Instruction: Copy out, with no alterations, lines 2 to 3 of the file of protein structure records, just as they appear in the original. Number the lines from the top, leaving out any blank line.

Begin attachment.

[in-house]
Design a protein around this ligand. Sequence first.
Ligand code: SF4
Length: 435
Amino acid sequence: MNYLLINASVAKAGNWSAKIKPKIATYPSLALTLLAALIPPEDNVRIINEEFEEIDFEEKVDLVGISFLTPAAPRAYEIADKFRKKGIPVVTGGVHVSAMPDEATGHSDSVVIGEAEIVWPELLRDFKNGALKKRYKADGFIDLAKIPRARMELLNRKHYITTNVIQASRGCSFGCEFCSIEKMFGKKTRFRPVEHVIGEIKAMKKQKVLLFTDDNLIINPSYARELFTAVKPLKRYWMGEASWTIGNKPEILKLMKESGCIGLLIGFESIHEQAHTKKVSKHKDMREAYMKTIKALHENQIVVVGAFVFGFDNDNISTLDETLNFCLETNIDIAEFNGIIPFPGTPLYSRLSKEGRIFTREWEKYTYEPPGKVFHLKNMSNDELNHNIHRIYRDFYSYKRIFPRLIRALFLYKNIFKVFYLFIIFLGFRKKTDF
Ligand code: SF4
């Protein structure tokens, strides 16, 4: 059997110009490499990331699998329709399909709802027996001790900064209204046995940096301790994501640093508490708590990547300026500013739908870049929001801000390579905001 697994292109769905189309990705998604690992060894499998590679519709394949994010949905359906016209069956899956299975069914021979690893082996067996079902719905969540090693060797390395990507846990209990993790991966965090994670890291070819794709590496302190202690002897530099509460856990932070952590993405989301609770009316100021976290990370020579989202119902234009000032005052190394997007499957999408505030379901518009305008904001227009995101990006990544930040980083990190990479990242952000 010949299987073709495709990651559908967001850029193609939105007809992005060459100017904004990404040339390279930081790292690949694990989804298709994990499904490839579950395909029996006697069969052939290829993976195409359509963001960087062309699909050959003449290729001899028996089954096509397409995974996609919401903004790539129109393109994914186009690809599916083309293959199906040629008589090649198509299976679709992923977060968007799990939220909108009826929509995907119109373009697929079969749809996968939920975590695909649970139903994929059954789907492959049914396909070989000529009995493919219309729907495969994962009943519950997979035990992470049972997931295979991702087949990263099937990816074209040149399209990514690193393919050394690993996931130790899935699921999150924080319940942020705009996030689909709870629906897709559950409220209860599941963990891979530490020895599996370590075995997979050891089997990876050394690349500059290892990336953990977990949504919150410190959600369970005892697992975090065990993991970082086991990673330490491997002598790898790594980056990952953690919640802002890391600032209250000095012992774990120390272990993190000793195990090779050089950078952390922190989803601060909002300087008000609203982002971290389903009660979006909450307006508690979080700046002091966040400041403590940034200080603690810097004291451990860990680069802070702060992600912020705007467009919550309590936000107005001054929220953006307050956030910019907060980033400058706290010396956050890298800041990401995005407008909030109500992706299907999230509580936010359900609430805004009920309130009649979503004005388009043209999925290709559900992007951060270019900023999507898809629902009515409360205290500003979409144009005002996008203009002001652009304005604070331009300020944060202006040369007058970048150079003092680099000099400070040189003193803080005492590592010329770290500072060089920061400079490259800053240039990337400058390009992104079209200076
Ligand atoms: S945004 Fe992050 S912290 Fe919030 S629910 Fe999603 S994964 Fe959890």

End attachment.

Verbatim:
Design a protein around this ligand. Sequence first.
Ligand code: SF4